For our March meeting, Refresh Detroit held a demo night where we invited anyone to show off their work, the work of others or anything really that others can learn from. We had four demos:
- Stephen Sadler from Buztweet
- Brent Mitchell talked about Web Fonts
- Mike Evans talked about Forrst
- Thomas Hunter talked about NeoInvoice
Below are my notes from each demo.
Stephen came from a background of selling traditional software in a box. As the web became more popular he started to transition the sales online. He found he was spending a lot of money on Google Adwords and wasn’t getting the results he expected. He started moving into the social space with Twitter and Facebook and found that his sales skyrocketed.
What he discovered is a lot of users are searching Twitter every day and as tweets find their way into those conversations, they get click-throughs. The problem he discovered is Twitter moves fast, depending on the conversation each tweet may only get a few seconds of attention. His decided to create a solution he calls BuzTweet.
What BuzTweet does is take a URL and a message and automatically creates a custom message per discussion and custom URL for each tweet. The tweets are then scheduled to go out on a predetermined basis.
The result is a “campaign for Twitter” which keeps the specific product or service in the forefront of user searches constantly. It alleviates the need to write hundreds of tweets by hand about the same topic. Since each tweet has its own URL you can see which messages converted the most amount of users and get insights to refine your campaign.
Over the past year web fonts have become a buzzword on the web. What are web fonts? They are thousands of web-safe fonts that you can now use without hacks.
What took so long?
- Poor browser support
- Lack of standards
The first is there is no real standard, WOFF is a sub-standard. Each browser uses different font files, the solution is to have three different font files per font and the browser will use the most appropriate one. Font Squirrel offers an @font-face generator to help with the process of generating the font files.
The second gotcha is that download speeds for the fonts are slow so the defined fonts don’t show up right away. Each browser displays the font differently, Firefox uses a base font first then loads the special font, IE waits for the font to arrive then displays it. Both display methods can be annoying but Google has published a script to make Firefox act more like IE when rendering fonts. The best approach is to make sure you are using a good “font stack”. That means using your custom font but having the fall backs be as close to the desired font as possible from the closest looking to the furthest and most standard. A great resource for creating font stacks is http://awesome-fontstacks.com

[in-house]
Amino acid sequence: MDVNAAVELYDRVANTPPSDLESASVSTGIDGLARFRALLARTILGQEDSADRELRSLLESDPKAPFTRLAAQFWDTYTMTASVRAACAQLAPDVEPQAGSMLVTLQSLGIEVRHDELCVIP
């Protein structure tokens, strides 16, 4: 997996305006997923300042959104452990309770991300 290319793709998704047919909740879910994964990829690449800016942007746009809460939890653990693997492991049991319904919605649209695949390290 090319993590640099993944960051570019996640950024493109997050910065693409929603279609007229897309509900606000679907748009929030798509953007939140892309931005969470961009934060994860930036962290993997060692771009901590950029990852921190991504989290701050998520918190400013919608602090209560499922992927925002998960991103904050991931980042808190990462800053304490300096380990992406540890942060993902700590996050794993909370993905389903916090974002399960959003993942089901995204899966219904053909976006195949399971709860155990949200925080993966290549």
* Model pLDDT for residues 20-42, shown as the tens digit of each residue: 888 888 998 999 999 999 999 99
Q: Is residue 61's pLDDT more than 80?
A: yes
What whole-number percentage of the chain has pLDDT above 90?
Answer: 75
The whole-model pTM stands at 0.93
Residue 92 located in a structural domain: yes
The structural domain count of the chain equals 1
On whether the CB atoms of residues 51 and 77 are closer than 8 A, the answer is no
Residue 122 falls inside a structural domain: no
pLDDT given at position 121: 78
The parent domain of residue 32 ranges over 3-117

So where do you get fonts?
Paid vs. free fonts
- Paid tend to be better quality
- Paid are stored on the cloud
- Some are paid per access
- Some paid have separate licenses for using the fonts on the computer
Mike Evans, who is based in Detroit, was kind enough to demo the company he works for, Forrst.
What is Forrst?
Forrst is a community of passionate developers and designers focused on helping themselves and others get better at their craft, providing thoughtful critiques, and sharing their knowledge to build better applications and websites.
Mike was kind enough to share some of his insights into the management of the community and podcast. The staff is only four people spread through New York, Detroit and Chicago. Every post is hand-vetted and suggestions are made to meet the quality standards of the community. Community members use the site for inspiration and ideas for their own work, you can think of the site as “an art class and you are looking for a critique”.
The Forrst podcast is a daily audio podcast produced in Mike’s home in Detroit covering the awesome Forrst community as well as the rest of the Internet and all things that are good in design and development. In order to keep the topics organized for the show Mike created a tool called Lovegames.
Lovegames is a web tool that isn’t available to the public (yet) but it allows podcasters to collect and create stories for the shows. Each story has the ability to add URL’s which automatically pull in information about the site to reduce the amount of work needed to create a wrap up post.
Thomas Hunter creator of NeoInvoice gave us an overview of the web app and how it was created. NeoInvoice is an online tool that allows individuals and small businesses to keep track of time, bug/issue tracking, creating and sending invoices, recording payments and collaboration.
The software has the ability to include clients, teammates, automatically send emails and generate PDF’s. It makes managing client work easy and gets out of the way so you can concentrate on doing great work.
The interface looks more like a desktop client, the UI was built on the Mocha UI library. It makes interacting with the site consistant and fluid. The site was written on open source software, PHP and CodeIgniter.
We want to thank Quicken Loans for hosting us in their awesome space.